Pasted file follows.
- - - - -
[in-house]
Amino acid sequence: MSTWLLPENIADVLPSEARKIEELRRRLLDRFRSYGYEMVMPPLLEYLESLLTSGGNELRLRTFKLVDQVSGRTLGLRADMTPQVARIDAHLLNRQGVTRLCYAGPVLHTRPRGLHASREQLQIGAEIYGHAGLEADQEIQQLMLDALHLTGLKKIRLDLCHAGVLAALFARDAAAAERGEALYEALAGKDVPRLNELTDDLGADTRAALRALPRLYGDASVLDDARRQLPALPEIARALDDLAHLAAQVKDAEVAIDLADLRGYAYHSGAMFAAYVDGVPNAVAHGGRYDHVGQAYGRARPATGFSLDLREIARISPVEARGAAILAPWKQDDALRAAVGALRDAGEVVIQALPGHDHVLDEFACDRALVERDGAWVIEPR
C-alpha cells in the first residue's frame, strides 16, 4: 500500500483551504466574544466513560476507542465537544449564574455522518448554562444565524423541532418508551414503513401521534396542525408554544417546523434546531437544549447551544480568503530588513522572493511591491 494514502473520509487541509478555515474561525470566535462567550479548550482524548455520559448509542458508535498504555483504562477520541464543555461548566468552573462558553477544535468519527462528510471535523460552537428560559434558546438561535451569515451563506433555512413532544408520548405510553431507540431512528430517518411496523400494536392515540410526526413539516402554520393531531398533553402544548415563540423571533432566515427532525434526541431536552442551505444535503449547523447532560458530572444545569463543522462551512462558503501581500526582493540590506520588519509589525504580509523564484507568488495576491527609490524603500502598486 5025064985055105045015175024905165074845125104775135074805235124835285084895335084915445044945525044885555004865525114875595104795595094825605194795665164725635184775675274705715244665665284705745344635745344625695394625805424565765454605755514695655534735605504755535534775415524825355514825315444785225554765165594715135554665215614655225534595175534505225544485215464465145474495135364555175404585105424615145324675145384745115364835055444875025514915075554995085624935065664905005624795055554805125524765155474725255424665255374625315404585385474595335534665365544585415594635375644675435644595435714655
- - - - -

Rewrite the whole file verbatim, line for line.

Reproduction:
[in-house]
Amino acid sequence: MSTWLLPENIADVLPSEARKIEELRRRLLDRFRSYGYEMVMPPLLEYLESLLTSGGNELRLRTFKLVDQVSGRTLGLRADMTPQVARIDAHLLNRQGVTRLCYAGPVLHTRPRGLHASREQLQIGAEIYGHAGLEADQEIQQLMLDALHLTGLKKIRLDLCHAGVLAALFARDAAAAERGEALYEALAGKDVPRLNELTDDLGADTRAALRALPRLYGDASVLDDARRQLPALPEIARALDDLAHLAAQVKDAEVAIDLADLRGYAYHSGAMFAAYVDGVPNAVAHGGRYDHVGQAYGRARPATGFSLDLREIARISPVEARGAAILAPWKQDDALRAAVGALRDAGEVVIQALPGHDHVLDEFACDRALVERDGAWVIEPR
C-alpha cells in the first residue's frame, strides 16, 4: 500500500483551504466574544466513560476507542465537544449564574455522518448554562444565524423541532418508551414503513401521534396542525408554544417546523434546531437544549447551544480568503530588513522572493511591491 494514502473520509487541509478555515474561525470566535462567550479548550482524548455520559448509542458508535498504555483504562477520541464543555461548566468552573462558553477544535468519527462528510471535523460552537428560559434558546438561535451569515451563506433555512413532544408520548405510553431507540431512528430517518411496523400494536392515540410526526413539516402554520393531531398533553402544548415563540423571533432566515427532525434526541431536552442551505444535503449547523447532560458530572444545569463543522462551512462558503501581500526582493540590506520588519509589525504580509523564484507568488495576491527609490524603500502598486 5025064985055105045015175024905165074845125104775135074805235124835285084895335084915445044945525044885555004865525114875595104795595094825605194795665164725635184775675274705715244665665284705745344635745344625695394625805424565765454605755514695655534735605504755535534775415524825355514825315444785225554765165594715135554665215614655225534595175534505225544485215464465145474495135364555175404585105424615145324675145384745115364835055444875025514915075554995085624935065664905005624795055554805125524765155474725255424665255374625315404585385474595335534665365544585415594635375644675435644595435714655